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David Walls-Kaufman

David Walls-Kaufman lives in Washington DC. His short fiction appears in Liberty Island, including “Sex, Love and a Soviet Obituary”, “Frankenstein, Politician”, “Why Me?, 1987”, “Nothing Like It In the World”. “Plight of the Locusts” appears in Cinder Q. His novel Caesar Americus: One Party Rule is available on Amazon.

1918, American Remembrance

World War I, The Great War, 1914-1918, really is one of the most poignant chapters in America’s extraordinary history.

1) Imagine – America gathers up a million troops and throws them at another continent where wages an atrocious, industrial war that Americans have no fight in.

New Science Fiction: Why Me?, 1987

In 1984 they arrested me.

In 1987 I got out of reeducation.

I didn’t actually learn anything in reeducation. Of course I could repeat by rote every lesson they “taught” me. It isn’t teaching. It is hearing the same things over and over. Until you cringe in all your being against anything different.

But me, I was overhandled past terror, to numbness. I really don’t care. Yes, I learned my lesson. But I also understand them now and know they have nothing to fear from me because I am broken by the experience of how cunning they are. I know they are reading these writings, these scratchings. I leave them out for them to find.

Caribbean Halloween Killing: A True Story

We never knew some things about my gentle Grandmother Loyd. She kept those things secret. Darkly secret. Black secret.

Halloween stories are ridiculous. And I say that as a man who has had probably four run-ins with ghosts, not including this one. But this all happened.

My earliest memory of her was of her sweet, loving face beaming at me when I was three and leaving with my friends to Trick or Treat down my suburban street in Austin. She wore a 1950s pleated sleeveless, collared dress and waved goodbye to me and said, with music light as a wind-chime in her voice, “I’ll see you again after you go around.” Only years later, after the unlikely deaths in Puerto Rico around our vacation home, her old home, did the prescience in those words strike me.

Netflix’s ‘Narcos’: Subtle Yet Deadly Anti-Americanism

As a writer, I’ve kept a close watch of Netflix dramas, keeping an eye on plot and dialogue while imagining what the script might look like on my own iPad. I’m doing this because I have the burning hope that Liberty Island and Taliesen Nexus arise like Netflix to become a cultural/entertainment colossus on the side of freedom and the American experiment of government serving the people.

I’ve greatly enjoyed watching Narcos, and thought the PC in the story was less nauseating than most… Until the other night, watching the close of season 3.

Frankenstein, Politician

Grand Prize Winner of the Spring Writing Contest: Fantastic Fathers & Magical Mothers

            “Divide the realm! Let Oligarchs own the cesspool Cities! Common and Partisan shall take the rest. Let each govern as they see fit and prove to the other who governs best. Let Partisan crash the tax and sweep away the regulations.” Of course, Oligarchs would hear none of this. Well did they know the discouragement tyranny brings. When rulers are the winners at every turn. Could Oligarchs leave two gardens growing side by side for comparison? No, they must bite out both eyeballs to stop from being seen!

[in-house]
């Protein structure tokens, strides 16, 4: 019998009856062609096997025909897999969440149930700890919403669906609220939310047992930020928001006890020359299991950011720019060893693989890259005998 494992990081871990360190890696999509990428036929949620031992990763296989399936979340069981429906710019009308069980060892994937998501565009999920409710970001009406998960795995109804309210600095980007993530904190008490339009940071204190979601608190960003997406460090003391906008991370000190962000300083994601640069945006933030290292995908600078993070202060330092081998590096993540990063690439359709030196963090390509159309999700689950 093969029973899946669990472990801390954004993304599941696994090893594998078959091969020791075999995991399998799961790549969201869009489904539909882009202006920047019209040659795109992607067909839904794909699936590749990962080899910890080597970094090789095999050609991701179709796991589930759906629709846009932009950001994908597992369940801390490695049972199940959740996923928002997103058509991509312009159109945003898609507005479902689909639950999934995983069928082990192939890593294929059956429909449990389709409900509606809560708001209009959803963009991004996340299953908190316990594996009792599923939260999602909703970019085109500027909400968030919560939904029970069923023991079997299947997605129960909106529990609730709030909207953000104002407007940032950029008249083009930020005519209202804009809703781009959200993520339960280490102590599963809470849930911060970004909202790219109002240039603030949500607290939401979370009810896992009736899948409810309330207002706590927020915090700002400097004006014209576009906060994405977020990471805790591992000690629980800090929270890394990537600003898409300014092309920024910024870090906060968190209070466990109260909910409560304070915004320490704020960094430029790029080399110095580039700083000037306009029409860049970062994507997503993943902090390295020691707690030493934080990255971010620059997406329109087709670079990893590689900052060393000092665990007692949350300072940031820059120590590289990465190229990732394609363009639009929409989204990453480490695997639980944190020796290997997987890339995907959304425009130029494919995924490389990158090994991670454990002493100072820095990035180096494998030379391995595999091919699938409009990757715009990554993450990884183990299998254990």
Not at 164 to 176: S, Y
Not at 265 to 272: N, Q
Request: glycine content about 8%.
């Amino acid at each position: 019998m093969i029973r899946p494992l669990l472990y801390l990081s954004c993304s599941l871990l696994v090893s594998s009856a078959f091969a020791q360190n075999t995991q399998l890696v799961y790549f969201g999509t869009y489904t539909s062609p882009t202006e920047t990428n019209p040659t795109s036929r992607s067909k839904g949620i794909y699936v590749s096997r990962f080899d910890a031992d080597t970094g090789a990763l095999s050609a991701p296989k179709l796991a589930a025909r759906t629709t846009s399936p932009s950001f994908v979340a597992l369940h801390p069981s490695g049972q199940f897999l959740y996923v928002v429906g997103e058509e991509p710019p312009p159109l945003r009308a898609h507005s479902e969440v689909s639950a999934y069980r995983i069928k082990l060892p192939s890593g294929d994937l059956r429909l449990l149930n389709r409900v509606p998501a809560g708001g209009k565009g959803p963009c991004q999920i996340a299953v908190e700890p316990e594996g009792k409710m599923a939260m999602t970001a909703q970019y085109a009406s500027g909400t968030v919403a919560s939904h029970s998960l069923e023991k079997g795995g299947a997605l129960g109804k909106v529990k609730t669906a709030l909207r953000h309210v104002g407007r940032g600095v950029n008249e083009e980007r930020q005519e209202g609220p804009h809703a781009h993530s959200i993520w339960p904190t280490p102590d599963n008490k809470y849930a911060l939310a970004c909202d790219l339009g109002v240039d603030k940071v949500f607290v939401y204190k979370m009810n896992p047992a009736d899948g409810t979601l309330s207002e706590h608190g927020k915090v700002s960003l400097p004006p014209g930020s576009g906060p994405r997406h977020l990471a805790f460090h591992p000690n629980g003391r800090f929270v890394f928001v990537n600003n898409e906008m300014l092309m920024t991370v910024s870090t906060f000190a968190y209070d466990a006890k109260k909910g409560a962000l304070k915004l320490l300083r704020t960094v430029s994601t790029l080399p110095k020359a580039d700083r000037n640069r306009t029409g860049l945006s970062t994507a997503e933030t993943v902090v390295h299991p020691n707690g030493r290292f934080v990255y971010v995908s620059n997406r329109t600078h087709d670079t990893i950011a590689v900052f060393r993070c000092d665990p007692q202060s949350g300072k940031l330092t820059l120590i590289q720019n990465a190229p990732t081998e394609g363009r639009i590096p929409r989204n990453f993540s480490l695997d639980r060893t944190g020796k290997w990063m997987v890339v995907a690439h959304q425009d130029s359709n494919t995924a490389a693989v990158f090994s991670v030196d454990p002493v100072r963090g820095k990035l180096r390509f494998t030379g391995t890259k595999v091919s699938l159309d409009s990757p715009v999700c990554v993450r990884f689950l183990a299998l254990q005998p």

Frankenstein declared for martial law across the Realm. He launched his campaign with the brilliant speech on “The Cancer against Freedom”, given before the army in the Valley of Kings. He warned against disloyalty of not only the bureaucracy, but also some generals for fear the intellectuality of the Oligarchs had beguiled them. “Soft men bring hard times; hard men bring soft times,” Frankenstein quoted.

Roseanne Barr Vs. the World of Leftist Slights

I am hoping that Roseanne, like Trump, doesn’t give a damn

The Left is so uncharitable. Whenever I see the multi-symbol “coexist” bumper sticker I think the driver probably really means they want PC book burning.

Take Roxane Gay, for example, writing in the March 29, New York Times, about Roseanne Barr’s new show. Gay introduces Roseanne to the uncharitable slant she will face for as long as Barr uses her star power to humanize the enemies of the Left.

Ms. Gay admits she used to love the original Roseanne show. Back then, Ms. Gay found Roseanne “edgy and provocative”. The 1990s “Roseanne” was “a smart, hilarious and groundbreaking show that covered a lot of important ground in prime-time television.” But now, suddenly, Roseanne is “noxious, transphobic, racist and small-minded,” even “absurd and offensive.” Moreover, “Her views are muddled and incoherent.”

Fiction: Sex, Love and a Soviet Obituary

         I guess I shouldn’t be surprised about how she died or where she died, bitter and surreal as the news struck me, and bare enough to make me feel cold, hollow, unclean. I’m really not sure if what I felt, or feel, for her is really what I would call love. Especially in light of what she did.

         Could anything be more perverse and despicable?

         We met at Columbia University before the War when we both majored in physics. I knew her from a class and we had spoken a few times and then I saw her at a jazz club and she held a cigarette aloft in the tight crowd, and we spoke over a drink, and then two drinks, over the course of hours, and even then she smoked too much. I realized all this after I made my way blearily back to my room on 112th and flopped into my lumpy bed seeing her lovely face in double vision wreathed in a dirty halo just like a movie shot.